US 4438925 A
A handle (22) for a racquetball racquet (20) is disclosed. The handle (22) includes an elongated member having front (52), intermediate (60), and rear (50) portions. The front portion (52) defines a handle outer surface of greater circumferential extent than the rear portion (50). The front portion (52) is adapted for being engaged about a portion thereof by the two front fingers (56a, b) of a player's hand while the rear portion (50) is adapted for being gripped by the two back fingers (54a, b) of a player's hand, whereby the front (52) and rear (50) portions provide for a handle (22) which allows for a relatively hard grip by the back two fingers (54a, b) and a less hard grip by the two front fingers (56a, b) thereby allowing the wrist to relax and remain flexible so as to reduce arm stiffness and improve a player's game.
1. A handle for a racquetball racquet, comprising:
an elongatad member having a longitudinal axis and including front, intermediate, and rear portions, said front portion having a larger cross sectional configuration in at least two orthogonal directions than said rear portion, said intermediate portion extending from said front portion to said rear portion, said rear portion having a length which is less than said intermediate and front portions combined; said handle providing for a modified grip wherein said front portion or a portion thereof makes contact with the front two fingers of a player's hand and said rear portion or a portion thereof makes contact with the back two fingers of a player's hand, such that said front two fingers cannot extend as far about the periphery of said handle as said back fingers, and are necessarily positioned farther away from said longitudinal axis than said back fingers thereby allowing said back fingers to grip the handle more tightly than said front fingers.
2. A racquetball racquet handle in accordance with claim 1 wherein said front portion is provided with indentations for positioning said two front fingers.
3. A racquetball racquet handle in accordance with claim 2 wherein each of said finger indentations are separated by a contoured protuberance.
4. A handle for a racquetball racquet in accordance with claim 1, wherein said forward, intermediate and rear portions have cross-sectional configurations being generally symmetrical on either side of a vertical plane bisecting said longitudinal axis of said elongated member.
5. A handle for a racquetball racquet in accordance with claim 1, wherein said outer surfaces of said front and rear portions are substantially parallel to said longitudinal axis.
6. A handle for a racquetball racquet in accordance with claim 1, wherein said intermediate portion has a generally conical shape.
7. A handle for a racquetball racquet in accordance with claim 1, wherein said outer surface of said front portion is inclined downwards at both ends of said forward portion.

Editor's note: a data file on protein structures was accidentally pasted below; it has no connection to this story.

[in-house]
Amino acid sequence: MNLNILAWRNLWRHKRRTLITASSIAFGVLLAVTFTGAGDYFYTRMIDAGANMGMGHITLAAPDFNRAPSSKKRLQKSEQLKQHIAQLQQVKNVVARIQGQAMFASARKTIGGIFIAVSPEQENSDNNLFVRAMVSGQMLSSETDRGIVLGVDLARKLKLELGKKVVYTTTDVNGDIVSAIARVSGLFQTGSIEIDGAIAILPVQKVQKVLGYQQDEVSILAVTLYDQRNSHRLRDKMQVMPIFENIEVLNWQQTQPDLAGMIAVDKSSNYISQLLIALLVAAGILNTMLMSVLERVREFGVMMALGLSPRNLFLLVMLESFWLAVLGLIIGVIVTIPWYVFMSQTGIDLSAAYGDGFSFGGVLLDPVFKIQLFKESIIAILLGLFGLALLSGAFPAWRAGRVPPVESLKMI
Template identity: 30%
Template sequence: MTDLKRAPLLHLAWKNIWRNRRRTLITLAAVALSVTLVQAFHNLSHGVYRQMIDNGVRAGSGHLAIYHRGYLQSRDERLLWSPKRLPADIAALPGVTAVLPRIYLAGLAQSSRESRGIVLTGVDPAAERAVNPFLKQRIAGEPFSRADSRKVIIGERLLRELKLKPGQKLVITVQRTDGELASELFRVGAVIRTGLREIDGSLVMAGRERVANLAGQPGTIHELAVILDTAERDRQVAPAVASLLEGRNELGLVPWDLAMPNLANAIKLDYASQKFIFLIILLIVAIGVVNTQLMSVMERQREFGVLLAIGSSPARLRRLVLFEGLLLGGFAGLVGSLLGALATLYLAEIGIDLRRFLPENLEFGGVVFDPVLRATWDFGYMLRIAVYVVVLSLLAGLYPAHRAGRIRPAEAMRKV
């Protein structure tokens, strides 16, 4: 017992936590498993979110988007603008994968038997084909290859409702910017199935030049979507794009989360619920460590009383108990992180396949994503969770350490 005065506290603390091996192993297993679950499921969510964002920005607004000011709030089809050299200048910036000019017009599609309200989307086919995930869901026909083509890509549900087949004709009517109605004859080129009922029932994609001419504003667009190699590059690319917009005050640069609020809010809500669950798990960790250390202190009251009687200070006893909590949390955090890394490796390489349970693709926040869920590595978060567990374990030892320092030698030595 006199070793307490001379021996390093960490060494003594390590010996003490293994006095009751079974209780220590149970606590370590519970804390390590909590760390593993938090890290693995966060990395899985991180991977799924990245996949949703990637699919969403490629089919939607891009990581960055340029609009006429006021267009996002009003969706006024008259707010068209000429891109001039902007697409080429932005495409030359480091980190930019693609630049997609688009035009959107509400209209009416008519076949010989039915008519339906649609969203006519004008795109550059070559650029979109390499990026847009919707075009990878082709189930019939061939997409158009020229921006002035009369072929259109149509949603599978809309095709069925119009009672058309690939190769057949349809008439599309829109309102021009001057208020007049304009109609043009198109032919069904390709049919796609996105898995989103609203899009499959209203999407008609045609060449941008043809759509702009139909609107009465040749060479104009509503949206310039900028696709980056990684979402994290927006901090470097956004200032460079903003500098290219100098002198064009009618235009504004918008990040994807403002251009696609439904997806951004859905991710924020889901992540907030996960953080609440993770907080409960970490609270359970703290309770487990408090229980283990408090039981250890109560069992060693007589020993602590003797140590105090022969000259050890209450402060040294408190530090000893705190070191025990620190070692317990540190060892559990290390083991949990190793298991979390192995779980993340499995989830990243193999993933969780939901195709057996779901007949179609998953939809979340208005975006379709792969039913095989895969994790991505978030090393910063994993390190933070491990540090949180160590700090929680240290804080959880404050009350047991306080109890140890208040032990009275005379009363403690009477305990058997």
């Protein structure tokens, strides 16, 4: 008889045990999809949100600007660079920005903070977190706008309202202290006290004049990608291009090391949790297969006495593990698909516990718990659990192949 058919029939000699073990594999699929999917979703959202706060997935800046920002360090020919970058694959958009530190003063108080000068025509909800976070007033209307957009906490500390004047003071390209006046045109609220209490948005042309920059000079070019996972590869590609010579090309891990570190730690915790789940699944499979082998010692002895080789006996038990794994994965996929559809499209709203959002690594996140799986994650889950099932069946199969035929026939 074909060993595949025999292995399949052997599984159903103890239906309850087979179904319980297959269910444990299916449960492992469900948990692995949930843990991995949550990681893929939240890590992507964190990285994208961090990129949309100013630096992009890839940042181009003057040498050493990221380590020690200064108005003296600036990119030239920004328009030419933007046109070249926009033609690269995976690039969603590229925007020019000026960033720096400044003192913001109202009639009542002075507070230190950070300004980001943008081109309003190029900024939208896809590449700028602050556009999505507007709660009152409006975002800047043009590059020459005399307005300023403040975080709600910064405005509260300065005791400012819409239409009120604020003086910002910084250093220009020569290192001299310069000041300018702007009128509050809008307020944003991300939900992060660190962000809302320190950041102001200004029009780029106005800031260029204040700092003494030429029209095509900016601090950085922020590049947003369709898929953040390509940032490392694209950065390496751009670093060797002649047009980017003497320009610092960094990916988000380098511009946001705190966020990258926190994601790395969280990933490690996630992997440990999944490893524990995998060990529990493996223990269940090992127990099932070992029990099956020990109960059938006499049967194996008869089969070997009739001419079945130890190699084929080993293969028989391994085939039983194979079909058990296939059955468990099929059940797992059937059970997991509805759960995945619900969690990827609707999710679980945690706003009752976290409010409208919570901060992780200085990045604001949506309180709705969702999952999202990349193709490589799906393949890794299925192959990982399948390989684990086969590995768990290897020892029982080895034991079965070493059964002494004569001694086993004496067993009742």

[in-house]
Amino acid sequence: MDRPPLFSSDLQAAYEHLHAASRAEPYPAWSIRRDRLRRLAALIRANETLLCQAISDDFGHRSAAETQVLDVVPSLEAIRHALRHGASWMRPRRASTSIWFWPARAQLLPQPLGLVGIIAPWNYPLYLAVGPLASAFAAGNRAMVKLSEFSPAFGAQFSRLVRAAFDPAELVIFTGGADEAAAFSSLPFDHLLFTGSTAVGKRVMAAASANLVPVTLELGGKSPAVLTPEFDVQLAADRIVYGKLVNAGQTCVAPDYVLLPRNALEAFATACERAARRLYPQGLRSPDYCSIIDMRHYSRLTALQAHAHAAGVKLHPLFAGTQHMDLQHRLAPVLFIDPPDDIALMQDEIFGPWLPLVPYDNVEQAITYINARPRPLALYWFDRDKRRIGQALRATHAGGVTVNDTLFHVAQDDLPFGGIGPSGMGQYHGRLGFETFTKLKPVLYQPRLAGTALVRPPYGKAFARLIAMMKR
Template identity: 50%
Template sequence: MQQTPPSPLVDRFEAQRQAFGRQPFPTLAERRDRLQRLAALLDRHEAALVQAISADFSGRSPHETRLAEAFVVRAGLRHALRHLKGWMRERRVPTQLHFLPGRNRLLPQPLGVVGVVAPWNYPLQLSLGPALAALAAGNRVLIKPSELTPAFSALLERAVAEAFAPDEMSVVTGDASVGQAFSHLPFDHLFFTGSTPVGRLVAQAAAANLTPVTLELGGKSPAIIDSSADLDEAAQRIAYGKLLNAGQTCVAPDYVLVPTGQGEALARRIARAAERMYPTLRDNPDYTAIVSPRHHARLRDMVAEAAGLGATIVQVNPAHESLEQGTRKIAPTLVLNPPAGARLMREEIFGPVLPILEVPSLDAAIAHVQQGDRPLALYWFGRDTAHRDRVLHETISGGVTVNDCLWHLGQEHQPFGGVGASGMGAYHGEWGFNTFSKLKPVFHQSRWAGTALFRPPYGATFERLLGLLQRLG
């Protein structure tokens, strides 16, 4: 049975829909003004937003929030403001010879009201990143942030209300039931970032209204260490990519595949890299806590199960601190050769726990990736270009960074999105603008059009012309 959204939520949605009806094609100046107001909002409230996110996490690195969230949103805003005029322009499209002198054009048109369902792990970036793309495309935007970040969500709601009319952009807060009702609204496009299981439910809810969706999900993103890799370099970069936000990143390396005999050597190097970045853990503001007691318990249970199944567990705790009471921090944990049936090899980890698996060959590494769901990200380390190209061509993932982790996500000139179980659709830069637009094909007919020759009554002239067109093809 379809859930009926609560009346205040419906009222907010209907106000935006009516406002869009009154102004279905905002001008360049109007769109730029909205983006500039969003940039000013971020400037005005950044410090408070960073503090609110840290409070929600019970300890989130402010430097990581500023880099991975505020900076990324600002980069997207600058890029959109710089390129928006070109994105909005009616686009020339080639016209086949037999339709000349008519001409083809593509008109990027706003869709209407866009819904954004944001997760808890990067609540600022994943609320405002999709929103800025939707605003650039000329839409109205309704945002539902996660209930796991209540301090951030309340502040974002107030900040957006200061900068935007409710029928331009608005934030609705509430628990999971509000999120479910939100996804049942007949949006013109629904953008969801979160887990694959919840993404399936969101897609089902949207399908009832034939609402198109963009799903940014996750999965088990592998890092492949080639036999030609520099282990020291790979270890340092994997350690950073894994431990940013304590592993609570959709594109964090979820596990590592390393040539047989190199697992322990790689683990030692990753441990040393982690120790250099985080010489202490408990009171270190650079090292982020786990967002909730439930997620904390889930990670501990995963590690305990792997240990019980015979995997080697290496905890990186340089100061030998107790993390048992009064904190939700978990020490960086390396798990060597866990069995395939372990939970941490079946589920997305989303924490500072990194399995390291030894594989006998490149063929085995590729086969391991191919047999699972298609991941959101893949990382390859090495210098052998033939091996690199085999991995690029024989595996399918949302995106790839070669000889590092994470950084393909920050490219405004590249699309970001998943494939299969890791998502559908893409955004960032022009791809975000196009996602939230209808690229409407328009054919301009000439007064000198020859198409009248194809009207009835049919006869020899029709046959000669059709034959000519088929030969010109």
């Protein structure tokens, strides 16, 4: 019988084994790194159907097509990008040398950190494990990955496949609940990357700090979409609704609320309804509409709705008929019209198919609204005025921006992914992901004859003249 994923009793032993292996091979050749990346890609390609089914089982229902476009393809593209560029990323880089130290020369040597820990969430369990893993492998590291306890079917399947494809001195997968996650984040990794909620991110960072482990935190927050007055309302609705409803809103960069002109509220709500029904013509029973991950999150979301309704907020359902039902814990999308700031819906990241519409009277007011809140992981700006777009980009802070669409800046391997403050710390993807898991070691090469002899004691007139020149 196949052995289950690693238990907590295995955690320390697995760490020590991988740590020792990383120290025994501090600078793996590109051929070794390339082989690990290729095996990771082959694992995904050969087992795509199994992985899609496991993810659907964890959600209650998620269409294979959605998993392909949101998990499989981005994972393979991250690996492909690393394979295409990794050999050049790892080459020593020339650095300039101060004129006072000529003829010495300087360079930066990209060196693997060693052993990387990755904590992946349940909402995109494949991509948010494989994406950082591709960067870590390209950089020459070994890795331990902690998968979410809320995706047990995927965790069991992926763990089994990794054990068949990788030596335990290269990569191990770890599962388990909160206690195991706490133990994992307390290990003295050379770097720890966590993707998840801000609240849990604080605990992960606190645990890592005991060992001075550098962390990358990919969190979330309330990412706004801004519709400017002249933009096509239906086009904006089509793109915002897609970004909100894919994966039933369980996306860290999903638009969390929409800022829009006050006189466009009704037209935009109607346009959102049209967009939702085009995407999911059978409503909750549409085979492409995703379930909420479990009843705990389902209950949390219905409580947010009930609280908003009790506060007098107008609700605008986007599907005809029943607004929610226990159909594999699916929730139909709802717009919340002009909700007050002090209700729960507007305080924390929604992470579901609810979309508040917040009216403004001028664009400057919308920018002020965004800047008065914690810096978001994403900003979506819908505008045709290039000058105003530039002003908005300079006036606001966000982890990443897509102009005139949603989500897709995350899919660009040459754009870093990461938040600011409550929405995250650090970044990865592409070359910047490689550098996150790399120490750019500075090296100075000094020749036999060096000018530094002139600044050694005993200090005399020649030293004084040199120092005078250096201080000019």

8. A handle for a racquetball racquet in accordance with claim 1, wherein said front and intermediate portions are radially symmetrical about said longitudinal axis.
9. A gripping attachment for a racquetball racquet handle comprising: a finger gripping structure constructed and arranged for at least partially encircling the circumference of said handle; said gripping attachment being removably attachable to said handle so as to form an elongated member having a longitudinal axis and including front, intermediate and rear portions; said front portion having a larger cross sectional configuration in at laast two orthogonal directions than said rear portion; said intermediate portion extending from said front portion to said rear portion; said rear portion having a length which is less than said intermediate and forward portions combined; said handle providing for a modified grip wherein said front portion or a portion thereof makes contact with the front two fingers of a player's hand and said rear portion or a portion thereof makes contact with the back two fingers of a player's hand, such that said front two fingers cannot extend as far about the periphery of said handle as said back fingers, and are necessarily positioned farther away from said longitudinal axis than said back fingers thereby allowing said back fingers to grip the handle more tightly than said front fingers.
10. A method of gripping a racquetball racquet handle, comprising the steps of:
(a) positioning the back two fingers at least partially about the circumference of a first longitudinal portion of the handle; and
(b) positioning the front two fingers at least partially about the circumference of a second longitudinal portion of the handle, said second portion having a larger cross section than said first portion whereby the larger cross section of said second portion prevents the front two fingers from gripping the handle as tightly as the back two fingers.
The present invention relates to racquetball racquets. More particularly, the present invention relates to a racquetball racquet handle.
During the past few years, the sport of racquetball has enjoyed a phenominal rise in popularity as indicated by the number of people who partake of the sport and the number of facilities being built to accommodate the players. Many racquetball texts and instructional classes are available to instruct a person in the rules and skills of playing the game of racquetball.
To play the game of racquetball, a person needs a racquet, a ball and a court to play on. There are a number of different brands of racquetballs to choose from with varying degrees of liveliness and playing life. In addition, there are numerous brands of racquets available which are made from a variety of materials such as wood, aluminum, fiberglass, etc. Although much effort has been expended in utilizing new materials for racquets, thera has been little attention devoted to the construction of the racquet handle.